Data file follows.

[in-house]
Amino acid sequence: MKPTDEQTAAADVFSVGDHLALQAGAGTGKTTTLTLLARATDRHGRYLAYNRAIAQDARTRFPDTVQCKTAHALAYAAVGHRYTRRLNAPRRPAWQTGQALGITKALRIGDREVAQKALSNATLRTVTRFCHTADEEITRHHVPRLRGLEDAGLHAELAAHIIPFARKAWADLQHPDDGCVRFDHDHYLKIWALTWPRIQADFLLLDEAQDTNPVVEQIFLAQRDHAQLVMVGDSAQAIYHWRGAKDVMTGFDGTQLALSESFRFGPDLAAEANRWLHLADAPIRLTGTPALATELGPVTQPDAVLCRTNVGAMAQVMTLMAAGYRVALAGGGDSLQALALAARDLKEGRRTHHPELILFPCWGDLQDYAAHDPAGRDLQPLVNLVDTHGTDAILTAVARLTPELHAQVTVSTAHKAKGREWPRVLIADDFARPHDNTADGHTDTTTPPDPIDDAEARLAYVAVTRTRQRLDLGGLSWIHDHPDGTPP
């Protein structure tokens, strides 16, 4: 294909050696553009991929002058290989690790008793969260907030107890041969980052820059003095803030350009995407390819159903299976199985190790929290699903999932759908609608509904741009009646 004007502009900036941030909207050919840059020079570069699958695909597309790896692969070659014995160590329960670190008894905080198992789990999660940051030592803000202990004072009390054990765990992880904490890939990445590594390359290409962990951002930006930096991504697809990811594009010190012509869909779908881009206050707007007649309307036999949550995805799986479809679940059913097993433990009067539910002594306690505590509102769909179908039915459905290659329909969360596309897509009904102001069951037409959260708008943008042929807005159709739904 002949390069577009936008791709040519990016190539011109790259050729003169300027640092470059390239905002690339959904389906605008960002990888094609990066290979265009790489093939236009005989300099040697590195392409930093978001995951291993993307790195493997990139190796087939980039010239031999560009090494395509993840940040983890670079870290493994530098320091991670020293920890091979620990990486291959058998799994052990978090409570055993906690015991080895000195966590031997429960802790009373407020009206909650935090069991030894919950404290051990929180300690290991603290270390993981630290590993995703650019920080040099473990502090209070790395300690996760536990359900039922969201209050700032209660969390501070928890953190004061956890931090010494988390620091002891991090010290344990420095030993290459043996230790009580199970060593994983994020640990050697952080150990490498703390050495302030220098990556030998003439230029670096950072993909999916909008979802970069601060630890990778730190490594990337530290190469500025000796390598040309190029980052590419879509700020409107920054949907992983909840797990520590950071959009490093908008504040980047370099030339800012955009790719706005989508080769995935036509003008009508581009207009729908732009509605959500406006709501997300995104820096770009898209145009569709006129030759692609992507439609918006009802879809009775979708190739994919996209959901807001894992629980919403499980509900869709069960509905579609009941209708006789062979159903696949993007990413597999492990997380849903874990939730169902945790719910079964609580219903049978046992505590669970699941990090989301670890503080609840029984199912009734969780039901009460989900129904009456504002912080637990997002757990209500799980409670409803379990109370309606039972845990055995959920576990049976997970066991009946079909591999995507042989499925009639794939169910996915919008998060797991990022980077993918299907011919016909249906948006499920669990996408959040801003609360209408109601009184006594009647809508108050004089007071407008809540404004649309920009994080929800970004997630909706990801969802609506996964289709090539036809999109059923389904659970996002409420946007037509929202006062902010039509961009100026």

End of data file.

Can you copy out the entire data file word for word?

[in-house]
Amino acid sequence: MKPTDEQTAAADVFSVGDHLALQAGAGTGKTTTLTLLARATDRHGRYLAYNRAIAQDARTRFPDTVQCKTAHALAYAAVGHRYTRRLNAPRRPAWQTGQALGITKALRIGDREVAQKALSNATLRTVTRFCHTADEEITRHHVPRLRGLEDAGLHAELAAHIIPFARKAWADLQHPDDGCVRFDHDHYLKIWALTWPRIQADFLLLDEAQDTNPVVEQIFLAQRDHAQLVMVGDSAQAIYHWRGAKDVMTGFDGTQLALSESFRFGPDLAAEANRWLHLADAPIRLTGTPALATELGPVTQPDAVLCRTNVGAMAQVMTLMAAGYRVALAGGGDSLQALALAARDLKEGRRTHHPELILFPCWGDLQDYAAHDPAGRDLQPLVNLVDTHGTDAILTAVARLTPELHAQVTVSTAHKAKGREWPRVLIADDFARPHDNTADGHTDTTTPPDPIDDAEARLAYVAVTRTRQRLDLGGLSWIHDHPDGTPP
């Protein structure tokens, strides 16, 4: 294909050696553009991929002058290989690790008793969260907030107890041969980052820059003095803030350009995407390819159903299976199985190790929290699903999932759908609608509904741009009646 004007502009900036941030909207050919840059020079570069699958695909597309790896692969070659014995160590329960670190008894905080198992789990999660940051030592803000202990004072009390054990765990992880904490890939990445590594390359290409962990951002930006930096991504697809990811594009010190012509869909779908881009206050707007007649309307036999949550995805799986479809679940059913097993433990009067539910002594306690505590509102769909179908039915459905290659329909969360596309897509009904102001069951037409959260708008943008042929807005159709739904 002949390069577009936008791709040519990016190539011109790259050729003169300027640092470059390239905002690339959904389906605008960002990888094609990066290979265009790489093939236009005989300099040697590195392409930093978001995951291993993307790195493997990139190796087939980039010239031999560009090494395509993840940040983890670079870290493994530098320091991670020293920890091979620990990486291959058998799994052990978090409570055993906690015991080895000195966590031997429960802790009373407020009206909650935090069991030894919950404290051990929180300690290991603290270390993981630290590993995703650019920080040099473990502090209070790395300690996760536990359900039922969201209050700032209660969390501070928890953190004061956890931090010494988390620091002891991090010290344990420095030993290459043996230790009580199970060593994983994020640990050697952080150990490498703390050495302030220098990556030998003439230029670096950072993909999916909008979802970069601060630890990778730190490594990337530290190469500025000796390598040309190029980052590419879509700020409107920054949907992983909840797990520590950071959009490093908008504040980047370099030339800012955009790719706005989508080769995935036509003008009508581009207009729908732009509605959500406006709501997300995104820096770009898209145009569709006129030759692609992507439609918006009802879809009775979708190739994919996209959901807001894992629980919403499980509900869709069960509905579609009941209708006789062979159903696949993007990413597999492990997380849903874990939730169902945790719910079964609580219903049978046992505590669970699941990090989301670890503080609840029984199912009734969780039901009460989900129904009456504002912080637990997002757990209500799980409670409803379990109370309606039972845990055995959920576990049976997970066991009946079909591999995507042989499925009639794939169910996915919008998060797991990022980077993918299907011919016909249906948006499920669990996408959040801003609360209408109601009184006594009647809508108050004089007071407008809540404004649309920009994080929800970004997630909706990801969802609506996964289709090539036809999109059923389904659970996002409420946007037509929202006062902010039509961009100026």